Let the municipal offices, boards, and committees of the Tri-Town beware: Someone is watching you.
Mattapoisett is the second municipality in the Tri-Town that the Attorney General’s Office has found in violation of the Open Meeting Law within the past two months, just after Marion was found to have violated the law in two of three complaints filed by a man who doesn’t live in either town.
But that doesn’t stop Ronald Beaty of Barnstable from watching to make sure that public officials everywhere are following their legal obligations, almost exactly to a T.
Beaty, an elected Barnstable County Commissioner, told The Wanderer via email that he ran for that office on a platform of open, transparent, and accountable government. He said he’d earned a reputation on Cape Cod as “somewhat of a government watchdog.”
“As a result of my activism on the Cape, it is now rare to find any OML violations, so I have had to branch out a bit,” said Beaty. “The most recent ‘wins’ involved the Mattapoisett Board of Selectmen and the State Ethics Commission.”
Beaty filed the Open Meeting Law complaint on October 12, and the AG’s Office received the complaint on November 15. The complaint alleges that the notices for the board’s September 26 and October 10 meetings lacked sufficient detail because they did not contain a date and time of posting by the town clerk, or the specific purposes for executive session.
In a January 30 letter to Town Administrator Michael Gagne, the AG’s Office stated that it found no evidence of violation pertaining to the date and time stamp on the meeting notice, but it did find the Board of Selectmen in violation concerning the insufficient detailed notice for its September 26 meeting.
“We order the Board’s immediate and future compliance with the Open Meeting Law,” states the letter signed by KerryAnne Kilcoyne, assistant attorney general, “and we caution that similar future violations may be considered evidence of intent to violate the law.”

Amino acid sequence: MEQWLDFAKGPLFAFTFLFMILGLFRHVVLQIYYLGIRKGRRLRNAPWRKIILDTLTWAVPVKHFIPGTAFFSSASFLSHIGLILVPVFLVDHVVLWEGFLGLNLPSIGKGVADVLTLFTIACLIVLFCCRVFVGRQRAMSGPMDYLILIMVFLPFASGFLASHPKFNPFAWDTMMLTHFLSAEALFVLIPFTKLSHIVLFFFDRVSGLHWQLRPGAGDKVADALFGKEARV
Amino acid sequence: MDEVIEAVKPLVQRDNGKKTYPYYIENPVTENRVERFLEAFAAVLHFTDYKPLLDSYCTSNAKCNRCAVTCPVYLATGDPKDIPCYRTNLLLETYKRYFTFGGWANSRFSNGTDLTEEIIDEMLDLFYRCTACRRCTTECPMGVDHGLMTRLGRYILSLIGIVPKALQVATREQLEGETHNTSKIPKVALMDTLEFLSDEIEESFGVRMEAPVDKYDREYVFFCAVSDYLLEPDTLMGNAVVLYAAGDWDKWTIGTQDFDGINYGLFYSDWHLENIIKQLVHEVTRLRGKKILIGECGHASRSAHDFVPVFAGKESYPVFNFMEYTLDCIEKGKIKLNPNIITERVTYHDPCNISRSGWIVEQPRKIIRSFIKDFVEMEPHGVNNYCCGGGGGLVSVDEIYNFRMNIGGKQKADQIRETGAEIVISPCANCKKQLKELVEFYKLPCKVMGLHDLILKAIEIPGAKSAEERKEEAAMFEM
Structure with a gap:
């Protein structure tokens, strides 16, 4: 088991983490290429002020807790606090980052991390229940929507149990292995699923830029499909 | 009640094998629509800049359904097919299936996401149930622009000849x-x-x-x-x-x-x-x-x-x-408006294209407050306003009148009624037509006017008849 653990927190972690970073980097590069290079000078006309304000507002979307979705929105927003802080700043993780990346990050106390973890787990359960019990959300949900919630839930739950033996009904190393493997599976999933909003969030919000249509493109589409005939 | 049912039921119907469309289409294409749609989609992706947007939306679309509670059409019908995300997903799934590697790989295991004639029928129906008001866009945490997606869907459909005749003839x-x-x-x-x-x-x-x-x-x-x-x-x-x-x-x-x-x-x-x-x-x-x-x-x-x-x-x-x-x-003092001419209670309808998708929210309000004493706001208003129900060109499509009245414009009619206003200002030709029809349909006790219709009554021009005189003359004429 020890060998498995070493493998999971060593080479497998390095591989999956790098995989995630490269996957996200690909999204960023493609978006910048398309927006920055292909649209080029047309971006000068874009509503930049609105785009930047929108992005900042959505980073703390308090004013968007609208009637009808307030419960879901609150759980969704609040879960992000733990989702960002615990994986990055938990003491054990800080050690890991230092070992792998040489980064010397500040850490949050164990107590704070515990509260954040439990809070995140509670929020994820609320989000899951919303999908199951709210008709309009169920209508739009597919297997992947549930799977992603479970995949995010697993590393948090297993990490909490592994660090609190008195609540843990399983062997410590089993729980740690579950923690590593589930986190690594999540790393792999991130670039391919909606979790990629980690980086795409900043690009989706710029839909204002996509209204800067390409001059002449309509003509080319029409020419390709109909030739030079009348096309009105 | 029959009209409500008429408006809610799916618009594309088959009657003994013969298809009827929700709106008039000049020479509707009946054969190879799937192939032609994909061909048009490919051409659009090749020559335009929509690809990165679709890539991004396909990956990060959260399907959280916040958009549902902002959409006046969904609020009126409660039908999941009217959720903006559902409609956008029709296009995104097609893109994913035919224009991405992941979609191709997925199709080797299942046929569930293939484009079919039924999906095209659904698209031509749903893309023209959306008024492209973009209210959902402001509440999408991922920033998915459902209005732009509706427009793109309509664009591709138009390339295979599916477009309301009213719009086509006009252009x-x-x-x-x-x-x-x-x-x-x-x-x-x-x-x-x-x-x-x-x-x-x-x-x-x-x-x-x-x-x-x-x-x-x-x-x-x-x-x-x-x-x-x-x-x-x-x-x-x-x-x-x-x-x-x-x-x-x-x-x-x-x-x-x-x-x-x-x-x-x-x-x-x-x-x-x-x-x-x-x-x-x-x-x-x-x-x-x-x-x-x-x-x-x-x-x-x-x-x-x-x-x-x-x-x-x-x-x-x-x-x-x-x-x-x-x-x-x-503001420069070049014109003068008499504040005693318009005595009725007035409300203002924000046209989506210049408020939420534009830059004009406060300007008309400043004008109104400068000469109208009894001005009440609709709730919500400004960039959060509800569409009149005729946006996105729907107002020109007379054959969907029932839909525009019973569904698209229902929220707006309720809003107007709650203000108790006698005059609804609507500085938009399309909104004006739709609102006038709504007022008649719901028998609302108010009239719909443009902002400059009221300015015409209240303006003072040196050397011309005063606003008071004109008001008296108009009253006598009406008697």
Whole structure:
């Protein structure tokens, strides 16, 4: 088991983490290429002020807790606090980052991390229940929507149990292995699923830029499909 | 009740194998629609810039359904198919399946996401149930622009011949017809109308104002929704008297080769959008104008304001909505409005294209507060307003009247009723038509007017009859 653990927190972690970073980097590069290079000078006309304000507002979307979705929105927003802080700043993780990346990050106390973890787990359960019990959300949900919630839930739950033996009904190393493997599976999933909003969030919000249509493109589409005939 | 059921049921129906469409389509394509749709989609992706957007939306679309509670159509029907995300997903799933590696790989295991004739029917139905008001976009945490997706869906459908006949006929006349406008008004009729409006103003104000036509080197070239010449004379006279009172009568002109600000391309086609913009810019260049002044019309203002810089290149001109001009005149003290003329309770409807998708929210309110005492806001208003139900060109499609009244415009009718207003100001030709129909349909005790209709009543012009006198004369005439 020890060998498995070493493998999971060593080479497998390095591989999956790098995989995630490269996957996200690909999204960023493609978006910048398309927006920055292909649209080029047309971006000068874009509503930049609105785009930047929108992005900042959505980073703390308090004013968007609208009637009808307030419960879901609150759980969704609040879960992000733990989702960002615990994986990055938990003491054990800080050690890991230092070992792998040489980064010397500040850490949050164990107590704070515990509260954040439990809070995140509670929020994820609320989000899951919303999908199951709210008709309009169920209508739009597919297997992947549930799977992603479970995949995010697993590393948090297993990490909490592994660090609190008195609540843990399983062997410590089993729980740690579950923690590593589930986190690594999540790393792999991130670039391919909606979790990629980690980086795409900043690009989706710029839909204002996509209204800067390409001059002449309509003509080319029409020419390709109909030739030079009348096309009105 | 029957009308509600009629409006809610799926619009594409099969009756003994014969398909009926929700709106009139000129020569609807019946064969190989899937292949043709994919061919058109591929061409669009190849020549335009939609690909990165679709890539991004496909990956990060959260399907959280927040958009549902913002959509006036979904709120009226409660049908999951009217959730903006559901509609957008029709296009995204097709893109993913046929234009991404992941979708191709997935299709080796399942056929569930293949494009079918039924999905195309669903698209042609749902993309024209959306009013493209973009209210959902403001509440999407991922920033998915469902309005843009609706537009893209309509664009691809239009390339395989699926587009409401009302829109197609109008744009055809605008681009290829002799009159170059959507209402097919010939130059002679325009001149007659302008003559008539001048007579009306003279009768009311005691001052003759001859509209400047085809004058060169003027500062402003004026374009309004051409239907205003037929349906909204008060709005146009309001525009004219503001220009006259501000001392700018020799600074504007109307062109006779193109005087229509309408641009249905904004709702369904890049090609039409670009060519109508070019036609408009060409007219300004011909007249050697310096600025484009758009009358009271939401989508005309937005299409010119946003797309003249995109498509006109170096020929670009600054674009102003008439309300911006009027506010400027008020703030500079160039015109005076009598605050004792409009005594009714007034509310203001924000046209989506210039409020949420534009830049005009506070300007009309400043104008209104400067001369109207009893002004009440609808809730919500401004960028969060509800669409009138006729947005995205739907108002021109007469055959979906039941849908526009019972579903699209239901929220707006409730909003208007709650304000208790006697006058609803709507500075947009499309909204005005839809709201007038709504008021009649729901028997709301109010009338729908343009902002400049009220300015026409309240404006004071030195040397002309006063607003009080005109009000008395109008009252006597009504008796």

According to the AG’s Office letter to Gagne, citing the Open Meeting Law, the Mattapoisett Selectmen “failed to identify the non-union personnel with which it was negotiating,” in addition to the litigation matter it had posted without specifying which litigation matter it planned to discuss.
The letter further states, “Although not raised in the complaint, we remind the Board that it must also identify the nonunion personnel with which it is negotiating and the litigation matter it plans to discuss, in the verbal statement made before entering into executive session…” Specific details and matters may not be disclosed, however, if it should be determined that it could compromise the executive session purpose.
Will Rochester be next? Just this week, the Rochester Board of Selectmen’s public notice for its February 5 meeting, like the Mattapoisett Board of Selectmen’s, lacks similar detail in its executive session posting, listing only a general reason for executive session as “To conduct strategy sessions in preparation for negotiations with union personnel.”
Marion’s notice for its February 6 meeting also features an executive session notice with no specified information for its purposes – the real property up for discussion for purchase is not identified, nor is the non-union personnel in its negotiations strategy discussion.
“Along with the press and local citizens, I will continue to periodically monitor public meetings in the Tri-Town area,” Beaty told The Wanderer. “However, it is sincerely hoped that public officials will mainly monitor themselves.”
As for Beaty, he’s made a name for himself on Cape Cod, and Internet search engine results turn up plenty of mentions of his name in the news, including his 1991 conviction of threatening to kill former President George H.W. Bush, for which he was sentenced to serve 16 months in prison.
The Open Meeting Law can be explored by visiting www.mass.gov/the-open-meeting-law.
By Jean Perry